Ǻ) ions for large La3+ ions (r =1.032 Ǻ). The reverse lat-
tice distortion from orthorhombic to rhombohedral sym-
metry due to larger Sr3+ ions partially substituting for
La3+ ions has been observed La1-xSrxMnO3 compounds
The resistivity versus temperature shows a semicon-
ducting behavior above the metal- semiconductor transi-
tion temperature (Tms) for all cases as shown in Figure 2.
An applied magnetic field of 0.5 T suppresses the resis-
tivity, giving a large negative magnetoresistance. It is
observed that above Tms the resistivity is much dependent
of T and it changes from fraction of -cm to 500 -cm
for samples rich with Li content. Therefore, it is observed
that the values of MR are values close along the range
temperature. In other side, the widening of transition
peak narrow with increasing Li content [36].
The negative magnetoresistance MR% defined as: MR
 was calculated and plotted versus am-
bient temperature as in Figure 3. In general, we observed
that the value of MR increase with decreasing Li content.
For x = 0.15 sample, a MR ratio as high as fifty percent-
age is obtained around Tc in magnetic field of 0.5 T.
The magneto-resistance MR of ceramic La1-xLixMnOy
can be viewed as a superposition of a continuously de-
creasing function which is connected with spin-depend-
ent transfer at grain boundaries and an intrinsic MR-peak
Figure 1. X-ray diffraction patterns of La1-xLixMnOy (x =
0.05, 0.1, 0.15, 0.2 & 0.25 at %). All patterns of samples
reveals that the samples have a single-phase rhombhedral
structure with a space group R3-c.
Copyright © 2011 SciRes. JEMAA
Correlation of Magnetoresistance and Thermoelectric Power in La1-xLixMnOy Compounds
Copyright © 2011 SciRes. JEMAA
(a) (b)
(c) (d)
Figure 2. The variation of resistivity in zero magnetic field and H = 0.5 T with temperature, T(K), for Li-content of
La1-xLixMnOy = where a – x = 0.05. b – x = 0.1, c – x = 0.15, d – x = 0.2 and e – x = 0.25 at %. The resistivity shows a semi-
conducting behaviour above the metal–semiconductor transition temperature (Tm) for all cases. The semiconductor–metal
transition (Tm), moves to a lower temperatures with the increment of the Li concentration.
Correlation of Magnetoresistance and Thermoelectric Power in LaLi MnOy Compounds
30 1-x x
at Tc [37]. The superposition was observed for all the five
composition (i-MR) as in Figure 3. That means that there
are additional structures in the i-MR. This superposition
corresponds to the first peak of S(T) in Figures 3,4. In
other side we observe that while the values of S(T) in-
crease with decreasing Li-content the value of MR de-
crease. As shown in Figure 4 there are two transitions for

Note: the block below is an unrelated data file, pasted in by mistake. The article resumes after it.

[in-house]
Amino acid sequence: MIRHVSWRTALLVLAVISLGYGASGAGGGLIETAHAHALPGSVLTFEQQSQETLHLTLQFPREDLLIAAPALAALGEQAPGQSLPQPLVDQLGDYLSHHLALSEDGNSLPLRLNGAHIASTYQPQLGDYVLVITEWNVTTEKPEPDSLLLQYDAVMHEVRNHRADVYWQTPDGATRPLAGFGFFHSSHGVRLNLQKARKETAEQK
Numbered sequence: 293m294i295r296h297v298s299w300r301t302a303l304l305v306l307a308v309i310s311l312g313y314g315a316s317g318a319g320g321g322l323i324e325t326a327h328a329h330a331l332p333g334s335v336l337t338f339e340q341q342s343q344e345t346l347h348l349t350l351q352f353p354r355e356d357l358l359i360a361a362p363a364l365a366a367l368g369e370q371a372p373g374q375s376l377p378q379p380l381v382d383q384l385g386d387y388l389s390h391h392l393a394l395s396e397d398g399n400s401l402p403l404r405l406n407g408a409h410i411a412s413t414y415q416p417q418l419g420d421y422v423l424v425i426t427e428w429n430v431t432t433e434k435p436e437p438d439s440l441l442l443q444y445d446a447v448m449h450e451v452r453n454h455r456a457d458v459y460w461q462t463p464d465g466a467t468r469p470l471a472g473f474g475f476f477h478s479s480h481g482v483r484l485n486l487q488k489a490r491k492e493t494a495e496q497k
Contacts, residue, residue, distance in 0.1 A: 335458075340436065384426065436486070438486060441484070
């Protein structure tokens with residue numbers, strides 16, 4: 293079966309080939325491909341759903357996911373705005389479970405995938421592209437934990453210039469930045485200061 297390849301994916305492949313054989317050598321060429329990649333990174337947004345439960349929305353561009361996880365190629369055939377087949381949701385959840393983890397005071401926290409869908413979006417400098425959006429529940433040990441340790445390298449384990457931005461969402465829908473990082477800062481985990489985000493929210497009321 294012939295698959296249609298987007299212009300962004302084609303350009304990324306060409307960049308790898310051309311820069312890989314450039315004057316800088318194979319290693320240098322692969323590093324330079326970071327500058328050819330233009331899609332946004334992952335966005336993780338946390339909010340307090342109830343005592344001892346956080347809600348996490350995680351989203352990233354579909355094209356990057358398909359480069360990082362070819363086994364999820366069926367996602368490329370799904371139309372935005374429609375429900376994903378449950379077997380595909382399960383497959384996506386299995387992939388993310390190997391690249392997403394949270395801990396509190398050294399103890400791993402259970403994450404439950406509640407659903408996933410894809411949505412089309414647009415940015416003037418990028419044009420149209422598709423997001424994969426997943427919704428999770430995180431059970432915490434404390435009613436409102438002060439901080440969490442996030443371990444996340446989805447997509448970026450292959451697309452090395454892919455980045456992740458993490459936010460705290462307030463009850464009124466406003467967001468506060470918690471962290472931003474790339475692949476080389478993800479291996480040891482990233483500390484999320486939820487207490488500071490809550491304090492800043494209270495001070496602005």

each composition. The first peak has a value of TC corre-
sponds to that value obtained from the magnetoresistance
(T) curve [38] can be identified with the (highest)
peak of the (bulk quantity) i-MR (at TC). The second
peak of S(T) corresponds to the m-s transition which de-
termined of o
as shown in from Figure 2.This obser-
vation shows that there are a good correlation between
MR and TEP.
However, both the value of Seebeck coefficient (S) and
the value of resistivity (ρ) increase with increasing dop-
ing of Lithium as in Figures 2,4. We expect that when
the Li-content increase not only the La-content decreases
but also the charge carrier density does [38]. Therefore,
the La/Li mixture ions play a prominent role in control-
ling the resistivity.
However, the Li-doping can also have beneficial ef-
fects in regard to the magnetoresistance: 1) we find that
MR increase with decreasing Li content and 2) the low
Li-substitution tends to broaden the magnetoresistive
peak around Tc (Figure 2); both effects are helpful if one
thinks about the robust magnetoresistive sensors. In an
effort to understand this behavior we found an unex-
pected correlation of structures in MR and the thermoe-
lectric power TEP results; which gives us an important
clue to the origin of this broaden magnetoresistive and
the fine structure which agrees with it.
The values of metal-semiconductor transition tem-
perature (Tm-S) and the ferromagnetic transition tempera-
ture (Tc) tabulated in Table 1. Generally the value of
both Tc and Tms which are determined from Seebeck or
resistivity measurements decreases with increasing Li
content. In addition, the values of Tc (S) are higher than
Tc(MR) and also the values of Tms(S) are equal or higher
than Tms(ρ). We believe that the lithium alters the
Mn4+/Mn3+ ratio which is one of the factors which deter-
mine the transport and magnetic properties of samples.
The decrease in Tms with increasing of Li-content can be
interpreted due to an increasing strength of the Mn–O–
Mn bond with decreasing the average radius average rA
of ions of A-sites because of the partial substitution of
smaller Li1+ ions for larger La3+ ions. This substitution
causes a narrowing of the bandwidth, thus, decreasing of,
eg electrons which, in turn, results in a weakening of the
double exchange interaction magnetism [9].
Figure 3. The variation of magnetoresistance with tem-
perature, T(K), for Li-content of La1-xLixMnOy. the value
of MR increase with decreasing Li content. The MR
ratio of the La1-xLixMnOy reaches to 55% under a low
field (H = 0.5 Tesla) for low dopin g Li-c ontent.
Figure 4. The variation of Seebeck coefficient with tem-
perature, T(K), for Li-content of La1-xLixMnOy. The values
of S (T) increase with increasing Li concentration. Tm1 cor-
responds to the Curie temperature but Tm2 corresponds to
m-s transition temperature.
Table 1. Curie and M-S transition temperature as function
of doping, x.
c (M)(K) Tc (S) Tc (MR) Tms(S) Tms(ρ)
x = 0.05 - 203 223 123 123
x = 0.1 215 203 213 113 113
x = 0.15 211 173 203 113 103
x = 0.2 150 173 193 103 83
x = 0.25 163 183 93 83
Copyright © 2011 SciRes. JEMAA
Correlation of Magnetoresistance and Thermoelectric Power in LaLi MnOy Compounds31
1-x x
4. Conclusions
The thermoelectric power and magnetoresistance of mo-
novalent alkali metal (Li) substituted LaMnO3 polycrys-
talline pellets prepared by solid-state reaction procedure
has been studied between 80 and 320K. X-ray diffraction
patterns showed a single-phase rhombohedral structure of
all samples. The M–S transition temperature decreases
with increasing Li content. This is due to the partial sub-
stitution of smaller Li1+ ions for larger La3+ions or due to
Zener bond blocking. The MR ratio of the La1-xLixMnOy
is about 55% under a low field (H = 0.5 Tesla) for low
doping Li-content. This result opens new opportunities to
improve performance of colossal magnetoresistive de-
vices. The S(T) curves show that Seebeck coefficient is
positive sign. In addition, there are two transition the first
we point it correspond to Tc which determine from MR
measurements, and the second peak correspond to Tms(ρ).
The two corresponds of transition temperature confirm
that there are a correlation of structures in MR and the
thermoelectric power TEP; which gives us an important
clue as to the origin of this broaden magneto resistive and
the fine structure which goes with it.
5. Acknowledgements
The authors would like to thank H. F. Mohamed for his
continuous help.